"No, I don't mind it all that much. Though it's extremely unhealthy. And gross," I added as we entered the restaurant.
"But." Cody raised an eyebrow at me, expecting more.
But you look so sexy when you smoke. "But nothing," I told him. "I'll tolerate it, but it doesn't mean I'll accept it."
Cody shrugged. "Whatever," he said to me. "It's not like I give a fuck about what you think, anyways."
The waitress guided us to our table. After quickly flipping through my menu and deciding what I wanted, I turned to Cody, who seemed to still be looking. "So, how does it feel to be a closeted homosexual?"
He blushed visibly in the dimness of the restaurant light, but didn't look up at me. "Fine, thank you," he answered conversationally.
I played with the straw in my water. It'd be fun to psyche him out. "We probably look pretty gay right now, don't you think?" I said to him. "Two fags, sitting in a restaurant booth alone together." I eyed the cigarette poking out from between his teeth. "No pun intended."
Cody reddened even more. "Shut up," he snarled under his breath.
I smirked to him. "What, I'm not your type?"
"Hardly." Cody snapped the menu shut and glared at me, just as the waitress came over.
"Hey Mel," she greeted me. I grinned to her; all he waitresses her knew my name—though I didn't bother to memorize theirs. "Getting the usual?"
"Yeah." I nodded.
The waitress scribbled down my order on her notepad before turning to Cody. "What about you?"
"I'll have, um. The number five," Cody answered.
"Hold the shrimp," I added to her.
The waitress nodded, scribbling "no shrimp" on her paper, and then headed off.
Cody stared at me.
"How did you know I was allergic to shrimp?" he asked.
I shrugged. "It was on your application."
"But… But you remembered?" Cody looked like he didn't know if he should be creeped out or flattered.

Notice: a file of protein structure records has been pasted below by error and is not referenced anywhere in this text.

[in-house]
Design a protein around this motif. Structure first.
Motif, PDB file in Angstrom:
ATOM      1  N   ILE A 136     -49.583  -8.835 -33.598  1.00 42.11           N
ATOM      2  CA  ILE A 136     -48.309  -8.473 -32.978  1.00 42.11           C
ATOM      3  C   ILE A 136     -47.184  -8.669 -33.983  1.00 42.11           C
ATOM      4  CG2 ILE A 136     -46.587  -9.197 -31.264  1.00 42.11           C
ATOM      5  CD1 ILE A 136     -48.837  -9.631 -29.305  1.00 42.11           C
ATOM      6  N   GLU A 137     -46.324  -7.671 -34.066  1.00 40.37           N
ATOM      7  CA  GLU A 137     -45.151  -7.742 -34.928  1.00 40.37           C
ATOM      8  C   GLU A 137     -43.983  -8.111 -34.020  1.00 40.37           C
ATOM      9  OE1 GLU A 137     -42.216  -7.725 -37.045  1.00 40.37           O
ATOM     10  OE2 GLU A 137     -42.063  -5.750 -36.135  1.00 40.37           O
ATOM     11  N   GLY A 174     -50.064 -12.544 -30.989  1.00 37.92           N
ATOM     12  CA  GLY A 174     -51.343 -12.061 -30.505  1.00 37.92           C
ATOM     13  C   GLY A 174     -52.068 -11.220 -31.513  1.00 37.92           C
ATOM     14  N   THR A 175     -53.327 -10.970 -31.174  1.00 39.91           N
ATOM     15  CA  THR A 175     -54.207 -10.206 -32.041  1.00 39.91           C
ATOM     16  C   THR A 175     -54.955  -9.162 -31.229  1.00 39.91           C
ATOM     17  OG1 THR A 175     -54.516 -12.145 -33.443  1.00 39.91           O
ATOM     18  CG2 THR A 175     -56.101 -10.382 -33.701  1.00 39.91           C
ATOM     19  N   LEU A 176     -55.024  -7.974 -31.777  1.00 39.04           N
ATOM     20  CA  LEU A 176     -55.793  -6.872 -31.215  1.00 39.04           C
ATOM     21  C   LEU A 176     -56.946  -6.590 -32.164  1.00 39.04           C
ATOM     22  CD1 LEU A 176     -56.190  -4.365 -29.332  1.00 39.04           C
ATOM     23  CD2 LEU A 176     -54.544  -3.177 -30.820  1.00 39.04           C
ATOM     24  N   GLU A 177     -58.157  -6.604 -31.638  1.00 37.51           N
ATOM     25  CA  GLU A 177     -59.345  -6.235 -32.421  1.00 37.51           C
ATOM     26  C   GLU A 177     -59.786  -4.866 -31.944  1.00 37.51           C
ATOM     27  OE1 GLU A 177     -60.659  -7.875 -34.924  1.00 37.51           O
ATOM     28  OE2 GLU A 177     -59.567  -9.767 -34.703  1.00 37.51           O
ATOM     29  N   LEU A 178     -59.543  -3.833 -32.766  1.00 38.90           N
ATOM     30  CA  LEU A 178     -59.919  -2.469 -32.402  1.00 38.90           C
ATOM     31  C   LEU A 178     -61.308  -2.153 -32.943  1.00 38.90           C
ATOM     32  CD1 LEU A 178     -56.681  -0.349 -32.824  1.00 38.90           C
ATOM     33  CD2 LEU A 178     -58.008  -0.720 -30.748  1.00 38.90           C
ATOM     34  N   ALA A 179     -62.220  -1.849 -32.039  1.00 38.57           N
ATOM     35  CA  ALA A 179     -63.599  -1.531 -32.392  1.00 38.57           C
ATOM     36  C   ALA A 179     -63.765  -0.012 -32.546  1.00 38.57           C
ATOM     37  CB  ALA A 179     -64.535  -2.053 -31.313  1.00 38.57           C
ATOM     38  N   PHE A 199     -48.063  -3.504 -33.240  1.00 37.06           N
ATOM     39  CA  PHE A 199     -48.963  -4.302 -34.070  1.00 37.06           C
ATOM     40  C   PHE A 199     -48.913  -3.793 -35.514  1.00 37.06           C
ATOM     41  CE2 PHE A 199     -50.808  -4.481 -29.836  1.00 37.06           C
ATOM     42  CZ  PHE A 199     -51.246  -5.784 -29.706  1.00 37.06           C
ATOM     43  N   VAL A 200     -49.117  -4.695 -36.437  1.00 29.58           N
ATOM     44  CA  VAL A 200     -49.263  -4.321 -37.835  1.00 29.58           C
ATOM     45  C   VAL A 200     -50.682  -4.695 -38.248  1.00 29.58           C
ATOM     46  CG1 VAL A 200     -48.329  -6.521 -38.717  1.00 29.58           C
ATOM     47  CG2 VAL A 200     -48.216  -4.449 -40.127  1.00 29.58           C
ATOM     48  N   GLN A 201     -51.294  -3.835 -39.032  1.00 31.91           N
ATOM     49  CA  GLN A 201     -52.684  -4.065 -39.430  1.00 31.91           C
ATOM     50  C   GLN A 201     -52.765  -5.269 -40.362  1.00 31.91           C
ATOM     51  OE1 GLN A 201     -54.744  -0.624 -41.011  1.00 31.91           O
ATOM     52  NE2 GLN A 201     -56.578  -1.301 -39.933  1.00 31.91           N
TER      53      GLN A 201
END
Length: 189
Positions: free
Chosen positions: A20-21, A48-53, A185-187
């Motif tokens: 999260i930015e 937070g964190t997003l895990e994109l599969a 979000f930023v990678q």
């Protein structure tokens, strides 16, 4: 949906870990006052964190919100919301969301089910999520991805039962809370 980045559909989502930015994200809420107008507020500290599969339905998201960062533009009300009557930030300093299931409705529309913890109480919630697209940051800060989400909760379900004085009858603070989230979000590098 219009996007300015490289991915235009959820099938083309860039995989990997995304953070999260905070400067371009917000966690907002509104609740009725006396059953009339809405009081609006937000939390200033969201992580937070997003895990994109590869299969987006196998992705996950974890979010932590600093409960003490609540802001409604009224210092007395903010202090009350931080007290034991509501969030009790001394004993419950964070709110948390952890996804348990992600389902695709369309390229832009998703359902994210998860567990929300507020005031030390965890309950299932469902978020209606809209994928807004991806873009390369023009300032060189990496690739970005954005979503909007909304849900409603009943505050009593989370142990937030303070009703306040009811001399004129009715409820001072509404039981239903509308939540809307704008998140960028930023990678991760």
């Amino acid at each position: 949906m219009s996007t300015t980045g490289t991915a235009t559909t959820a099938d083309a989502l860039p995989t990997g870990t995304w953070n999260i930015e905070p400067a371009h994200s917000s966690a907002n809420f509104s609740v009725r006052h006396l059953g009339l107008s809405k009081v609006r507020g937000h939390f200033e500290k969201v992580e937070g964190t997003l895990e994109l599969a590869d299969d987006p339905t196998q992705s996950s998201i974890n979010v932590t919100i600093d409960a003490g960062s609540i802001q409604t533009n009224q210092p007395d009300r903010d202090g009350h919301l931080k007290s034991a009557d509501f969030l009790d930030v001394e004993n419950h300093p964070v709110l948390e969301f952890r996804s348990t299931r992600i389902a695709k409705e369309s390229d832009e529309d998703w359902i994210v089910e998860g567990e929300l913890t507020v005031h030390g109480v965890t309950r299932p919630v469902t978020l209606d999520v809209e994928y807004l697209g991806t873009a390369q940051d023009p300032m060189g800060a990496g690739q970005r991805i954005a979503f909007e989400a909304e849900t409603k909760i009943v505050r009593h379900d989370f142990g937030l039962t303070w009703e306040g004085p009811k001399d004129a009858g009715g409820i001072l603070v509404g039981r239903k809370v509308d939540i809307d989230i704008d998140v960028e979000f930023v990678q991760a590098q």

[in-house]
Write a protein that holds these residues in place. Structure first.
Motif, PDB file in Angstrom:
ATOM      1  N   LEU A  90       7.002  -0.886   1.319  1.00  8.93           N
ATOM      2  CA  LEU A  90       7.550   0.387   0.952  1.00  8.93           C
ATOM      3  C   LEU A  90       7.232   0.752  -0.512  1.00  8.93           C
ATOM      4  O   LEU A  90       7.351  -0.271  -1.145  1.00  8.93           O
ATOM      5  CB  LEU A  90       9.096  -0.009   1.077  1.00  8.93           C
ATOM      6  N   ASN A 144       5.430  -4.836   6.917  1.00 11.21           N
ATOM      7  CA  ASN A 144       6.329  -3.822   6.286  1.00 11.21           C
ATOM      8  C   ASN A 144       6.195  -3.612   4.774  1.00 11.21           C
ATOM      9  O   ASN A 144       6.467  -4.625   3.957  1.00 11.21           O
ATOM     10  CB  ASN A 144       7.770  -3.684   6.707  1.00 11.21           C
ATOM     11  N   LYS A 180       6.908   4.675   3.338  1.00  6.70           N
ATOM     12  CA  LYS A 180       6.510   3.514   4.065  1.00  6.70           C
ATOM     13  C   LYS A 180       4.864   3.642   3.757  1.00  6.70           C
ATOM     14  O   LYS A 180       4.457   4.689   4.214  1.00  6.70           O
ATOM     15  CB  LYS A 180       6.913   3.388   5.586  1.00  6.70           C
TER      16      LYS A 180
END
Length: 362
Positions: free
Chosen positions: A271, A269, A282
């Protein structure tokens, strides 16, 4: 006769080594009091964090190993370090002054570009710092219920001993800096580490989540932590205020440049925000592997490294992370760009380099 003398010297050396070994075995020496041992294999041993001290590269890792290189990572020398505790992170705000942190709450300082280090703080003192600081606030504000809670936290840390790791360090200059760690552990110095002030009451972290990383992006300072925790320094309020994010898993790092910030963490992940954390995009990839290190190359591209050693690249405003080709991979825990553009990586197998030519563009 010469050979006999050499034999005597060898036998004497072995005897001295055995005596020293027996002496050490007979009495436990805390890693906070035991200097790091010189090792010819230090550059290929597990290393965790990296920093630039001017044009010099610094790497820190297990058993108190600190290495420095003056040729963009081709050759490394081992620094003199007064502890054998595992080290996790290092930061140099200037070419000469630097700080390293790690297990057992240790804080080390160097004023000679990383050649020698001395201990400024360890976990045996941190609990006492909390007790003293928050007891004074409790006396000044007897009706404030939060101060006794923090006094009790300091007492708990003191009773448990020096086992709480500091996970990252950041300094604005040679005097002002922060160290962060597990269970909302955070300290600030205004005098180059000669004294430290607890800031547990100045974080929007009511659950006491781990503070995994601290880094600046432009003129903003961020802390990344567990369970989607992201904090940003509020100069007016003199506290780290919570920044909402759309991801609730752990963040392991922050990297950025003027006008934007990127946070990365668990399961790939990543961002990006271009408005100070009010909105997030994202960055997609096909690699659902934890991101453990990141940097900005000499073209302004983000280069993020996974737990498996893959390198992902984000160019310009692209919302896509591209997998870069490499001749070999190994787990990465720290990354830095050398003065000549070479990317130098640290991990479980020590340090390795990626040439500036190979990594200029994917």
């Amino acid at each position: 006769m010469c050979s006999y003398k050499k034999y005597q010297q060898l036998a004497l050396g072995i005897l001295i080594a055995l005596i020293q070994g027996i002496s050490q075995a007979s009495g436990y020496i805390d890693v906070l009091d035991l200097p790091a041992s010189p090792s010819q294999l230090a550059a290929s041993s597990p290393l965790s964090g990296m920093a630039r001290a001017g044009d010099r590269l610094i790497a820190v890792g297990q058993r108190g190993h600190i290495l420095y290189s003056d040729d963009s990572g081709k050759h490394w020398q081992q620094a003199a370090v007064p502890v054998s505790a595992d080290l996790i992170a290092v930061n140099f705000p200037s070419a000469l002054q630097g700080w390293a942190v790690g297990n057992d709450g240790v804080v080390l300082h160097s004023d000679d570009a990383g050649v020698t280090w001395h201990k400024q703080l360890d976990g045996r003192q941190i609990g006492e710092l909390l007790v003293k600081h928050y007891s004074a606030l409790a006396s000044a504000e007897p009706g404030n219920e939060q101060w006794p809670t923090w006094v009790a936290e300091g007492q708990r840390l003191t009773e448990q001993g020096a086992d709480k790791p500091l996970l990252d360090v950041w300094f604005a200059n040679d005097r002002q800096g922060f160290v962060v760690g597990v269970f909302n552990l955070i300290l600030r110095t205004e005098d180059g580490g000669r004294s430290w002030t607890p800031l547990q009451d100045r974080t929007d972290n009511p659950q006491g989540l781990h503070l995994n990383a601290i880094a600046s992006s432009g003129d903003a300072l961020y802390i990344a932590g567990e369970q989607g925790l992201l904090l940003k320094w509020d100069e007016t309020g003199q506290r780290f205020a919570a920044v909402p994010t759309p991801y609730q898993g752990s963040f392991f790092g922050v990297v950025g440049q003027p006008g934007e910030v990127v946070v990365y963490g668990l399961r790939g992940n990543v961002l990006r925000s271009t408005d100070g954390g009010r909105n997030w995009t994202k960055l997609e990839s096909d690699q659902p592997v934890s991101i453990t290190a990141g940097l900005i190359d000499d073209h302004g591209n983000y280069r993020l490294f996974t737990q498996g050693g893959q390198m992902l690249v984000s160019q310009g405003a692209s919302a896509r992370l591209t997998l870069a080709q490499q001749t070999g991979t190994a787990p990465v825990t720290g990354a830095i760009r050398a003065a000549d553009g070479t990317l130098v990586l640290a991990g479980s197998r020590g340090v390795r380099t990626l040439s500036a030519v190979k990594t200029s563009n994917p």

Again, I shrugged. "Well yeah, I guess."
A silence fell between us. I took the time to gaze at the smoke falling out between his lips, and wondered what they tasted like.
A few weeks afterwards, our lunches soon became routinely. When I told this to Dalton, he teased me and told everyone I was going on dates with Cody. I smacked him on the head.
It wasn't like I was going to bother to make a move on Cody, anyways. He still didn't seem to like me too much, despite our lunches. Plus, he was a junior.
"Why don't I ever see you in school?" I asked Cody one day, before sipping out of my glass of water.
"I skip." Cody shrugged and looked around. When he glanced back at me, he seemed surprised by the look of disbelief on my face. "What? It's not like you expect me to sit in that shithole and learn stuff, do you? It's not like we learn that much, anyways."
"Yeah, but… don't you care about your future?" I continued observing Cody.
He shrugged. "Sure. My future will come. My parents have the money, anyways. They'll give it to me, and then let me leave. Hell, I' bet they'd even pay me to get out of the house."
I stared at him a little bit longer. Cody seemed to be waiting for a reaction from me. When I didn't say anything, he just laughed and flicked the ashes off from the end of his paper cigarette butt.
"Kidding," he said, voice sounding restrained. When I raised my eyebrows at him, he said more insistently, "Really! I'm kidding. My parents are pretty bad, but they all aren't that bad." He glanced over outside to the parking lot outside of the restaurant. "Plus, I hate kids who need pity all the time."
I didn't know what to say to this, so I continued picking at the food in front of me. Cody watched.
"So, what do you want to be when you grow up? Or do you plan on working in a drug store all your life." He sent me an amused look, and I retaliated with a sneer.
"Very funny," I said to him. "I've only been working here for two years. I don't really know what I want to be when I grow up… but it's definitely not going to be running a drug store."
"Yeah. You don't really seem the type to be doing something like that," Cody observed.
A smile tugged at the edges of my lips. "Oh? Then what type am I?"
"You seem the type…" Cody tapped his cigarette on his scarred lips and eyed me carefully. "You seem the type to be a teacher, but act like a complete badass outside of the classroom. You know what I'm talking about? The kind of teachers who are awesome but strict, but can act like they're actually human once in a while."
I wasn't quite sure if this was a compliment. I just stared at Cody. "No. I don't know what you're talking about."